I have to write a script which accesses an FTP server, and then deletes all *.zip files which are older than X days.

As clarification: The script can't run on the FTP server.

This is what I have so far:

$ftpServer = "RandomFTPServer"
$ftpUser = "Username"
$ftpPassword = Read-Host "Password" -AsSecureString

$credentials = New-ObjectSystem.Net.NetworkCredential($ftpUser, $ftpPassword)

function Get-FtpRequest($ftpPath) {
    $ftpRequest = [System.Net.FtpWebRequest]::Create("$ftpServer/$ftpPath")
    $ftpRequest.Credentials = $credentials
    $ftpRequest.UseBinary = $true 
    $ftpRequest.KeepAlive = $true
    $ftpRequest.UsePassive = $true
    return $ftpRequest
}

Any tips on what I need to do next?

  • 2
    I'd guess more code, offhand, since you don't do anything but connect. – Marc B Jul 27 '16 at 15:14

You have to retrieve timestamps of remote files to select the old ones.

Unfortunately, there's no really reliable and efficient way to retrieve timestamps using features offered by .NET framework/PowerShell as it does not support FTP MLSD command.

So either you use:

  • ListDirectoryDetails method (FTP LIST command) to retrieve details of all files in a directory and then you deal with FTP server specific format of the details (*nix format similar to ls *nix command is the most common, drawback is that the format may change over time, as for newer files "May 8 17:48" format is used and for older files "Oct 18 2009" format is used)
  • GetDateTimestamp method (FTP MDTM command) to individually retrieve timestamps for each file. Advantage is that the response is standardized by RFC 3659 to YYYYMMDDHHMMSS[.sss]. Disadvantage is that you have to send a separate request for each file, what can be quite inefficient.

Alternatively you can use a 3rd party FTP client implementation that supports the modern MLSD command and/or has built-in support for parsing different formats of the LIST command.

For example, WinSCP .NET assembly supports both.

# Load WinSCP .NET assembly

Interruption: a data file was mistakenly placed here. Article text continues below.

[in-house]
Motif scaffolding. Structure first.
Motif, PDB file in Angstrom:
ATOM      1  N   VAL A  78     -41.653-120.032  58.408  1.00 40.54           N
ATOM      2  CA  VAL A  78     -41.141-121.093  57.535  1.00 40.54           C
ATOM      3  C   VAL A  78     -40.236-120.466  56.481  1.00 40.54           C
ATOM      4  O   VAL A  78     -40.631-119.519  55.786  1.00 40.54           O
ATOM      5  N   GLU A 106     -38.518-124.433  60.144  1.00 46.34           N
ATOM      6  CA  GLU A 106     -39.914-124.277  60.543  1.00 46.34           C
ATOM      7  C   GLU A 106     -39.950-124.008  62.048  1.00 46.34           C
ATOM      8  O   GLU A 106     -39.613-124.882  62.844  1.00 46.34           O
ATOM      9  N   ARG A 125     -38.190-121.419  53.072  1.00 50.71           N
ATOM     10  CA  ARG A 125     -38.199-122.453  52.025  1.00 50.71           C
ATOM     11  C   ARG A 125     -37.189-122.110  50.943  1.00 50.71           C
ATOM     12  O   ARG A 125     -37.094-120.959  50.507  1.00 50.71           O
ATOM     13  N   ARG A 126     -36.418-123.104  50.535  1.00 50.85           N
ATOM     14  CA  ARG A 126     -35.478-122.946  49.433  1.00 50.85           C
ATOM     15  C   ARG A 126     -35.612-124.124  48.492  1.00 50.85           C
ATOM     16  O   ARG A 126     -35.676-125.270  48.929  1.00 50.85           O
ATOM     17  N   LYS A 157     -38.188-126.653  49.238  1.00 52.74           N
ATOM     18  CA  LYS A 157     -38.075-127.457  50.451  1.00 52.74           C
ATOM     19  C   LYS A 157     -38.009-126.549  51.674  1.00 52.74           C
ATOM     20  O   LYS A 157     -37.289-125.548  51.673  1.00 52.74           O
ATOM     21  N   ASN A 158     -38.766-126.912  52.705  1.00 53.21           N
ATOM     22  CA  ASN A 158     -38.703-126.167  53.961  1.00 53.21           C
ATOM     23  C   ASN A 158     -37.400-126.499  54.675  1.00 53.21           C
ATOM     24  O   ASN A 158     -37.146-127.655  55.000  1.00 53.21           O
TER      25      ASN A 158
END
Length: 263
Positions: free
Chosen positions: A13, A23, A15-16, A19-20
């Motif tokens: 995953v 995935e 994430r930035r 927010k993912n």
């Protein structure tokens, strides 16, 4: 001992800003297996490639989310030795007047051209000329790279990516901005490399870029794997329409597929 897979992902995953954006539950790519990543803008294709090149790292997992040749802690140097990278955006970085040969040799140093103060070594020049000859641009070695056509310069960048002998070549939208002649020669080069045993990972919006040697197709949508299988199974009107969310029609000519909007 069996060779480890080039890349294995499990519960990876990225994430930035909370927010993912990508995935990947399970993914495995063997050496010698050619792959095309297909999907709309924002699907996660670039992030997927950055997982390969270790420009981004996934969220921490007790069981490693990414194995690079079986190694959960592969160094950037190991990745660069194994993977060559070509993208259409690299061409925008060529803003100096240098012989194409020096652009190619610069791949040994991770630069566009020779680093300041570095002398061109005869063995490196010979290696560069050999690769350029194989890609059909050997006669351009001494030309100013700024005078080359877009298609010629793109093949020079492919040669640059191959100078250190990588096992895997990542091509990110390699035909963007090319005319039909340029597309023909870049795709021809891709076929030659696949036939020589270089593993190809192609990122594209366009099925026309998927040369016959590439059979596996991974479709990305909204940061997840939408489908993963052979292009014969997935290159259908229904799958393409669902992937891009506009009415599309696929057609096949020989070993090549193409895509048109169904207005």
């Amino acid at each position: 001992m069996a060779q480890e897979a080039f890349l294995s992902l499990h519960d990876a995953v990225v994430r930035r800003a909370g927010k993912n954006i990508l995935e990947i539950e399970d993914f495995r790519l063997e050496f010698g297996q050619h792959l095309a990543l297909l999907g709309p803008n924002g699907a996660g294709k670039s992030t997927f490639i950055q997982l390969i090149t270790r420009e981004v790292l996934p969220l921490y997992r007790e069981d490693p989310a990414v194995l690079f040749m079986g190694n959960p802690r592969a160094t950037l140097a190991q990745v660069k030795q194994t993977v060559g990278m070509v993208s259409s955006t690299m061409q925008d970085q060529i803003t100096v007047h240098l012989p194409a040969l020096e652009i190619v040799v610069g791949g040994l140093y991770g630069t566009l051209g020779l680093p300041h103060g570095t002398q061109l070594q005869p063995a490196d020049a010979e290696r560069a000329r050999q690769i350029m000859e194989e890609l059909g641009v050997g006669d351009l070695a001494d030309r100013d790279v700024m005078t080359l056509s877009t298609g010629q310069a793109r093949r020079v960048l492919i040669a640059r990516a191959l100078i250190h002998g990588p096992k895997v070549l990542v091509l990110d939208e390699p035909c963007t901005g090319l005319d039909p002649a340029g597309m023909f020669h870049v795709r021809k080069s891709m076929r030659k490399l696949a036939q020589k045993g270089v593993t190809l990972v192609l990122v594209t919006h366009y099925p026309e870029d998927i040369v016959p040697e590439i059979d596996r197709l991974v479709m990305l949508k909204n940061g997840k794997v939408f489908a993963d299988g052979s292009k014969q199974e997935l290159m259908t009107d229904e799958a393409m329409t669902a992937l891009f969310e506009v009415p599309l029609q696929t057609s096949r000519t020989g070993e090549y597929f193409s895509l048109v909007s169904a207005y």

Add-Type -Path "WinSCPnet.dll"

# Setup session options
$sessionOptions = New-Object WinSCP.SessionOptions -Property @{
    Protocol = [WinSCP.Protocol]::Ftp
    HostName = "ftp.example.com"
    UserName = "username"
    Password = "password"
}

try
{
    # Connect
    $session = New-Object WinSCP.Session
    $session.Open($sessionOptions)

    # List files
    $remotePath = "/remote/path"
    $directoryInfo = $session.ListDirectory($remotePath)

    # Find old files
    $limit = (Get-Date).AddDays(-15)

    $oldFiles =
        $directoryInfo.Files |
        Where-Object { -Not $_.IsDirectory } | 
        Where-Object { $_.LastWriteTime -lt $limit }

    # Delete them
    foreach ($oldFileInfo in $oldFiles)
    {
        $oldFilePath =
            [WinSCP.RemotePath]::EscapeFileMask($remotePath + "/" + $oldFileInfo.Name)
        $session.RemoveFiles($oldFilePath).Check()
    } 

    Write-Host "Done"
}
finally
{
    # Disconnect, clean up
    $session.Dispose()
}

If you can do with a plain batch file, it's actually even easier with WinSCP scripting:

winscp.com /ini=nul /log=delete.log /command ^
    "open ftp://username:password@ftp.example.com/" ^
    "rm /remote/path/*<15D" ^
    "exit"

See file masks with time constraints.

(I'm the author of WinSCP)

  • Sadly enough, I'm not allowed to use 3rd party software, I'm only allowed to use Powershell(with .net), Batch and FTP Batch. – PJS Jul 28 '16 at 8:18
  • One of the problems I had with "ListDirectoryDetails" is that I can't find anything similar to the "-recurse" parameter, for folders and files which are lower in the folder hierarchy. – PJS Jul 28 '16 at 8:24
  • Note that WinSCP does not require any installation. So you can just have its binaries copied around with your batch file or PowerShell script. – Martin Prikryl Jul 28 '16 at 11:11
  • Yes, recursive FTP operations with .NET framework are tricky. See my answers to Powershell FTP download files and subfolders and C# Download all files and subdirectories through FTP. – Martin Prikryl Jul 28 '16 at 11:12

I'm currently doing this using FTPUSE, a freeware command-line tool which maps a FTP folder to a windows drive letter, together with a batch file in the following way:

: delete files older than 7 days from ftp://my.ftpsite.net/folder/subfolder
ftpuse F: my.ftpsite.net password /USER:username
timeout /t 5
forfiles -p "F:\folder\subfolder" -s -m *.* -d -7 -c "cmd /C DEL @File /Q"
ftpuse F: /DELETE

The software is compatible with all major versions of windows: Windows XP, Vista, 7, Server 2003, Server 2008, Windows 8, Server 2012 and Windows 10 (32-bit, 64-bit).

For further info, you can also read this post I wrote about FTPUSE (I'm not the author in any way, I just find it very useful for these kind of tasks).

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